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Federal policies can address the impact of structural racism on Black families’ access to early care and education

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Lloyd, C. M., Carlson, J., & Alvira-Hammond, M.
Publication Date: 
5 Mar 2021

Excerpted from introduction

As we wrote in the first brief of this series, Black Americans’ social standing in the United States has been shaped by a long history of racism in laws, policies, and practices that has built racist institutions and created and exacerbated inequality. This inequality is built into the infrastructure of our country and has formed the foundation for structural racism—a system that privileges White people and results in intentional disadvantage for Black Americans. These inequalities negatively impact the lives of Black people in a number of ways, including where they live; the education they receive; their employment and economic opportunities, access to child care, mental and physical health outcomes, and political standing and power; and the way they are treated in our systems of law and justice.4 Virtually every facet of the lives of Black people in the United States—both adults and children—is shaped by race. America’s racist laws and policies have long impacted Black Americans, regardless of their socioeconomic status or social standing.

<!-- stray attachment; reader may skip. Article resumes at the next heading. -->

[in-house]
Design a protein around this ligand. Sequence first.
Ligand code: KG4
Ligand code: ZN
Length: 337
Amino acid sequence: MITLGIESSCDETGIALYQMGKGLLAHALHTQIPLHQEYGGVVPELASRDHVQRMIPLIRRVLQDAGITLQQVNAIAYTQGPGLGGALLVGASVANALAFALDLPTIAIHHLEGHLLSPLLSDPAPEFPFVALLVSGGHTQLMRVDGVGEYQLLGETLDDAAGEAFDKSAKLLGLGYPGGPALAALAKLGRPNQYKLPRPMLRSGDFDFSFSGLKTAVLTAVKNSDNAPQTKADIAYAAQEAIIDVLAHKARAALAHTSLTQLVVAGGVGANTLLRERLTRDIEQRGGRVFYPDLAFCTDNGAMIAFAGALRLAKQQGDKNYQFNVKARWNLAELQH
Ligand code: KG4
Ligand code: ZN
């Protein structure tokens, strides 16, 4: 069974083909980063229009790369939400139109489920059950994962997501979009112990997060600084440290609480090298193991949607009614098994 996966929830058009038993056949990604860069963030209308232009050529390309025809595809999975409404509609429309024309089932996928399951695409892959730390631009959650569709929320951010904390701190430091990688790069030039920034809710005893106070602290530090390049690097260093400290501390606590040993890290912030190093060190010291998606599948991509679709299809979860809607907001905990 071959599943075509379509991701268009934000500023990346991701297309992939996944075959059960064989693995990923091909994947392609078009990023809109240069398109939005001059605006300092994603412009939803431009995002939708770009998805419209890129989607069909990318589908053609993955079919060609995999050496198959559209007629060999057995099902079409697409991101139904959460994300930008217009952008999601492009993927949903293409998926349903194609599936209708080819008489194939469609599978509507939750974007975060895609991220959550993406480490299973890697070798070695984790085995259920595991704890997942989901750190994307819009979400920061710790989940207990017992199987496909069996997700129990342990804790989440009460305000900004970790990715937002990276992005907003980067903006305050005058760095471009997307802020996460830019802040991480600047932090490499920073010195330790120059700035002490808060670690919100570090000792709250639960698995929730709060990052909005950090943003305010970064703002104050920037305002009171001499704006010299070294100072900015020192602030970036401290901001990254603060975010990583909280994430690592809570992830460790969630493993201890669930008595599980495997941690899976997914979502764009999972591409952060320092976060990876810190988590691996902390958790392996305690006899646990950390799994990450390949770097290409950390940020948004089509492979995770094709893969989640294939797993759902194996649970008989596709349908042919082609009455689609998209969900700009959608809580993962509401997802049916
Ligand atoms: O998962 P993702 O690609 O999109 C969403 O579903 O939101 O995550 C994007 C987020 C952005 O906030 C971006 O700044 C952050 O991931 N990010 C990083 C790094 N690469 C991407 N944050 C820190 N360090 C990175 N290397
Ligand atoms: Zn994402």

This second issue brief sets a vision for how the federal government can pursue policy strategies that support access to early care and education for Black families by drawing on historical, contextual, and demographic data related to Black family structure, employment and income, and geography. First, we discuss the current and historical role of federal policy in the lives of Black Americans. Next, we review the importance of early care and education (ECE), as well as the barriers that Black families face to accessing these important services. We describe two federal programs—Head Start and the Child Care Development Fund—which have the potential to facilitate greater access to ECE for Black children. Finally, we present recommendations for developing policies and infrastructure to support and protect Black families from the harmful effects of structural racism, while promoting the country’s economic recovery from COVID-19.